The Ghost’s publicity material states, “The Ghost of Brooklyn is a real ghost from Green-Wood Cemetery. Not the scary nighttime variety, but a friendly musical ghost that meditates, plays guitar and prowls the city streets in search of good vegan food.” Think Casper with a guitar. “Born in 1881 (or about that time), The Ghost of Brooklyn is an animated corpse raised for musical purposes. Cursed with authenticity and tremendous songwriting talent, his raw punchy sound will haunt you.” Alright, I’ll bite. I dived in and actually gave the music an honest listen.
Despite lacking the slick production standards expected in todays’ music, the songs of The Ghost of Brooklyn are surprisingly pretty good. Believe me when I tell you I wasn’t expecting much. The whole project seems a little too contrived to me and not all that well executed but the songs are surprisingly good. I know I said that already but the music is very listenable and quite pleasant. The Ghost does seem to have a talent for songwriting and I think that if he put a little more effort into the production techniques he might have a real chance to break through. Then again, if what he says is real, we shouldn’t really expect any more than what we have. A real conundrum.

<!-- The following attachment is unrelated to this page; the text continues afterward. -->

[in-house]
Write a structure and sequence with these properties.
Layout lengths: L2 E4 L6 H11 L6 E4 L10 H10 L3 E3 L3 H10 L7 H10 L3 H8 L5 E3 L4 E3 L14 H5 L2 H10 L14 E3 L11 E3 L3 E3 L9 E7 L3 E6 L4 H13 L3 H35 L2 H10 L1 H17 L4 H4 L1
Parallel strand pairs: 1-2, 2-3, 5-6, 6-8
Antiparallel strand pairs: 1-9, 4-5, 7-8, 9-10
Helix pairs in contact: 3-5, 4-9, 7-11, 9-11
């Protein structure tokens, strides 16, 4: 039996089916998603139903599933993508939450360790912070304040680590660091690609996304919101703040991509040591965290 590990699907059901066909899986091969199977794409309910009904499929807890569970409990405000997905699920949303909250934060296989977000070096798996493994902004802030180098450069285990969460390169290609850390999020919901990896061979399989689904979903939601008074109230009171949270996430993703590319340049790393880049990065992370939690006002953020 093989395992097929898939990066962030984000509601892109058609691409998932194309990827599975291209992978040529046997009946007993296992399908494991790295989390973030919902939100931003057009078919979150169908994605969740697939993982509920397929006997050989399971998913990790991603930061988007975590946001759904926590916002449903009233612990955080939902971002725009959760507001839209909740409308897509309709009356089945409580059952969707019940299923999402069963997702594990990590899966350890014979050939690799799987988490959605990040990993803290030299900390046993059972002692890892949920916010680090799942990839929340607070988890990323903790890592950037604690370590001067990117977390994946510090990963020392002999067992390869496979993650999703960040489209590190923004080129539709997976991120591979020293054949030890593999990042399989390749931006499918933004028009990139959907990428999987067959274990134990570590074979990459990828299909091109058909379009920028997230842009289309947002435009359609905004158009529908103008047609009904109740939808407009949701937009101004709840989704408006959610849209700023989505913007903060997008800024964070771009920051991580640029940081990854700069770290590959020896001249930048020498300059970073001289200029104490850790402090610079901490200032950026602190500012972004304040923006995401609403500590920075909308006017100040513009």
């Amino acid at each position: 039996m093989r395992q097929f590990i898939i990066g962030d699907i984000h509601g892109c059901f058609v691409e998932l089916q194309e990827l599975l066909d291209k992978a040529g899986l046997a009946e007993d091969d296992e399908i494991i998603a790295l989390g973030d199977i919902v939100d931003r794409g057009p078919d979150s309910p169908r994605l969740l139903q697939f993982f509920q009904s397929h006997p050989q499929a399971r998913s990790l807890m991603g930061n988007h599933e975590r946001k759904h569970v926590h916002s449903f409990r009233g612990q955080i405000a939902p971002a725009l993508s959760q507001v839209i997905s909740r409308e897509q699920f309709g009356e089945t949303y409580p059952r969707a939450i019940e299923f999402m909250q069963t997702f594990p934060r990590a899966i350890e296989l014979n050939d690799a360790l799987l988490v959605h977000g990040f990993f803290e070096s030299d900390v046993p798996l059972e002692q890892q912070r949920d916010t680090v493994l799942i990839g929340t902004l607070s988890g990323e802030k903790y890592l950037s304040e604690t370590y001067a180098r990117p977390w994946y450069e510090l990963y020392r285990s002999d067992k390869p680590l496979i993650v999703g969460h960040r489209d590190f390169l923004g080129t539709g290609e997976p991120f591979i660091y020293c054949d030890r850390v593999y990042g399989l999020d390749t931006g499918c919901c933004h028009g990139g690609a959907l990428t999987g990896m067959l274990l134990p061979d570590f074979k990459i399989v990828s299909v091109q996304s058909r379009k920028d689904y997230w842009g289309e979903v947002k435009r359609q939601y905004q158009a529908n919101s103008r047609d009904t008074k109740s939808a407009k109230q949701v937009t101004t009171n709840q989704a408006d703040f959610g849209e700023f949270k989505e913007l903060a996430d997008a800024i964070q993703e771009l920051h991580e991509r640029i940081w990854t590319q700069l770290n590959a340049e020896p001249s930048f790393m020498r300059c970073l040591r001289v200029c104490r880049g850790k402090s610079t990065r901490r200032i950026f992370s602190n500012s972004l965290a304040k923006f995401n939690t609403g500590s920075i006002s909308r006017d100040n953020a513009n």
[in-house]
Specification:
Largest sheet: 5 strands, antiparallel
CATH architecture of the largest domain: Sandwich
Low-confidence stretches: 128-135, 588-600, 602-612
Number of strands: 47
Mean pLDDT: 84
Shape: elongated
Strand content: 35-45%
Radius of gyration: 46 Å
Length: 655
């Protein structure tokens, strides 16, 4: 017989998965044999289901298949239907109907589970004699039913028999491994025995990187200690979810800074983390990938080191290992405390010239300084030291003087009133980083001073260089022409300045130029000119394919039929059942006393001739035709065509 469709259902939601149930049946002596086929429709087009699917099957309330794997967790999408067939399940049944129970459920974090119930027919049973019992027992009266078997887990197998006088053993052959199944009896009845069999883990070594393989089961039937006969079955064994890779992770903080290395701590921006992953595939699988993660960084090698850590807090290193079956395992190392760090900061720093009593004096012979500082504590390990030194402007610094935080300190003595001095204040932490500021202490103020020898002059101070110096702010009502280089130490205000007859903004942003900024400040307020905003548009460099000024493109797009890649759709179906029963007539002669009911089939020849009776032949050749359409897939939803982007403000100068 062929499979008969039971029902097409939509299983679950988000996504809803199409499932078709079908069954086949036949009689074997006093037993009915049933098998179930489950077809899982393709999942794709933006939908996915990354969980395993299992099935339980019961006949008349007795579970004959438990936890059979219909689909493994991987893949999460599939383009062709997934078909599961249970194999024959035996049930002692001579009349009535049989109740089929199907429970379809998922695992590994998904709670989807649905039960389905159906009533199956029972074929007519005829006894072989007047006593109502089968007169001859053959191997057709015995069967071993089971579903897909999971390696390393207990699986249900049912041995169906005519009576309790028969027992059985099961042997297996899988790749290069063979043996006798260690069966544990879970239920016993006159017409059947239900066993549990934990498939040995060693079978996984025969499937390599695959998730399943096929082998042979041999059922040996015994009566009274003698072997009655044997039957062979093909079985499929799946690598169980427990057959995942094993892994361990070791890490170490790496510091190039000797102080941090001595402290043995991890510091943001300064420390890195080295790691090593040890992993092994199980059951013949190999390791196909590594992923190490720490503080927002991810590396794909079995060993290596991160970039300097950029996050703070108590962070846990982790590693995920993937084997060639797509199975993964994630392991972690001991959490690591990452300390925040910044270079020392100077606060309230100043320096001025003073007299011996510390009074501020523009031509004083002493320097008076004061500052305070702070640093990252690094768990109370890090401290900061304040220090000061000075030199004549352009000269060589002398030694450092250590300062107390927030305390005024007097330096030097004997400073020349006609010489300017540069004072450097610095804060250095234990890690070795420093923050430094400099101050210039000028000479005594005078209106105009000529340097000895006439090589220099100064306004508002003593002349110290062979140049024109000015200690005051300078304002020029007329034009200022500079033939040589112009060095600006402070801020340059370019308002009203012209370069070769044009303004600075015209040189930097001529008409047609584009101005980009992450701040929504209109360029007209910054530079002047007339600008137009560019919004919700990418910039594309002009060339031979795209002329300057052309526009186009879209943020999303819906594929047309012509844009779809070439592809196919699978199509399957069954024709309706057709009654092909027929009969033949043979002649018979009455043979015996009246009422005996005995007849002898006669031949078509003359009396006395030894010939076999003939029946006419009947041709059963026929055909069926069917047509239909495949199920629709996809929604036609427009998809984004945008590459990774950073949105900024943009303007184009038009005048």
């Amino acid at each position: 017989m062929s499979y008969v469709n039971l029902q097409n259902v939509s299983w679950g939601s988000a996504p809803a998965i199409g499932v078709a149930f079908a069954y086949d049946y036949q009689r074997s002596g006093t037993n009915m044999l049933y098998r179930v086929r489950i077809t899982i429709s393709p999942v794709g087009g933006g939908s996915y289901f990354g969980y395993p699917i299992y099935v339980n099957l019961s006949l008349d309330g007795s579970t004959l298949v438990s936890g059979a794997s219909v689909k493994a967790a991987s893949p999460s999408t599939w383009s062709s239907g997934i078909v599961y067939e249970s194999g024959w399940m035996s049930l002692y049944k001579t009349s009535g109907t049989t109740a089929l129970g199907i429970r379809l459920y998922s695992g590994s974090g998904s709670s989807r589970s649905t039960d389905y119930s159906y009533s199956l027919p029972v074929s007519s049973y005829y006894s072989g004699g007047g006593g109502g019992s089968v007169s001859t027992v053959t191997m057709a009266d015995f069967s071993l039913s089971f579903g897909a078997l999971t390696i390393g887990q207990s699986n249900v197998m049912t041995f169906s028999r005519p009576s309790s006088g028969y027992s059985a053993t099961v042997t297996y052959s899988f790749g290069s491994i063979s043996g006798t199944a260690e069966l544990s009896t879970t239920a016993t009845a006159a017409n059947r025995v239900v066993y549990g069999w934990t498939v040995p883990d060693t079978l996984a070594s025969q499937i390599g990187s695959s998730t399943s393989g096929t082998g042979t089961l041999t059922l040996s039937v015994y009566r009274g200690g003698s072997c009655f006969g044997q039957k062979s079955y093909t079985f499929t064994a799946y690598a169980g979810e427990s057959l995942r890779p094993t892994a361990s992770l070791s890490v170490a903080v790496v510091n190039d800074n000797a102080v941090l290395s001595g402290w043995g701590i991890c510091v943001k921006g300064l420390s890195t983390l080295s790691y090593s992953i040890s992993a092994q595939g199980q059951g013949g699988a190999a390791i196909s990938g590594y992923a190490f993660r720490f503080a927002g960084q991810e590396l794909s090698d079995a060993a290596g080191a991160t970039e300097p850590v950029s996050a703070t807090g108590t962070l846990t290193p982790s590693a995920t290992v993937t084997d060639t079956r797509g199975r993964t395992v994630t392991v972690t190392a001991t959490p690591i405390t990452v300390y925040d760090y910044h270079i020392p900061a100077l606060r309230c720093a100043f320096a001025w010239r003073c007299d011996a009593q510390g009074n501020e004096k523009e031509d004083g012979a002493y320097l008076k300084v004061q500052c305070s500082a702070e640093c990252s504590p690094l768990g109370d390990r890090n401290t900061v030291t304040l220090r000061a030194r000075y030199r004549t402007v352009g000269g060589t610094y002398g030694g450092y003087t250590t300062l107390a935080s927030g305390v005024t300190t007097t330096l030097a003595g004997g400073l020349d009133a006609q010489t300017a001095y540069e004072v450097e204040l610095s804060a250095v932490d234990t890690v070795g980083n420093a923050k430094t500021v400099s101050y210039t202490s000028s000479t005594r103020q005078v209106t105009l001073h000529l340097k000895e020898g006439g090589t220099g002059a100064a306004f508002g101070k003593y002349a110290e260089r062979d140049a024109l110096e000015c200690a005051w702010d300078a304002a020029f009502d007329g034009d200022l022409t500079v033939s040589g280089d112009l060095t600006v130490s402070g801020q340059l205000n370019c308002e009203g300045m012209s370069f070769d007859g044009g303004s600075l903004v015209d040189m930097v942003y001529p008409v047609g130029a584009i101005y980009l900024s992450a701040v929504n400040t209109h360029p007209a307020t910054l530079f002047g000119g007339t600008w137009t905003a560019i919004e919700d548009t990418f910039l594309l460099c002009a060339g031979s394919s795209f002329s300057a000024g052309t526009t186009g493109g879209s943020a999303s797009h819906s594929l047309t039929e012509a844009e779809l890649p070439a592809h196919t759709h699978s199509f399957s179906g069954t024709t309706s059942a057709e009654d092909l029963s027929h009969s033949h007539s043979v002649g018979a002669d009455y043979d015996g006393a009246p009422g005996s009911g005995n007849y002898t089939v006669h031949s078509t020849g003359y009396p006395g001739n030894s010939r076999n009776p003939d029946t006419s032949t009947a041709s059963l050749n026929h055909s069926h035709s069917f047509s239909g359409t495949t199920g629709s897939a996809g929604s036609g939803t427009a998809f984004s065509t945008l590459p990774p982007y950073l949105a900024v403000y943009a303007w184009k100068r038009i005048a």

Listening to the music, I am reminded of Daniel Johnston who did actually breakthrough for a while but where Daniel Johnston’s shtick was real and authentic, The Ghost of Brooklyn’s is too contrived for this reviewer. Or is it?
You can hear The Ghost of Brooklyn’s music exclusively at his Youtube channel
Uncle Duke; a.k.a. Rob Penland is the producer and host of "The Mad Music Asylum" a 4 hour weekly syndicated radio show and now a 24 hour streaming internet station.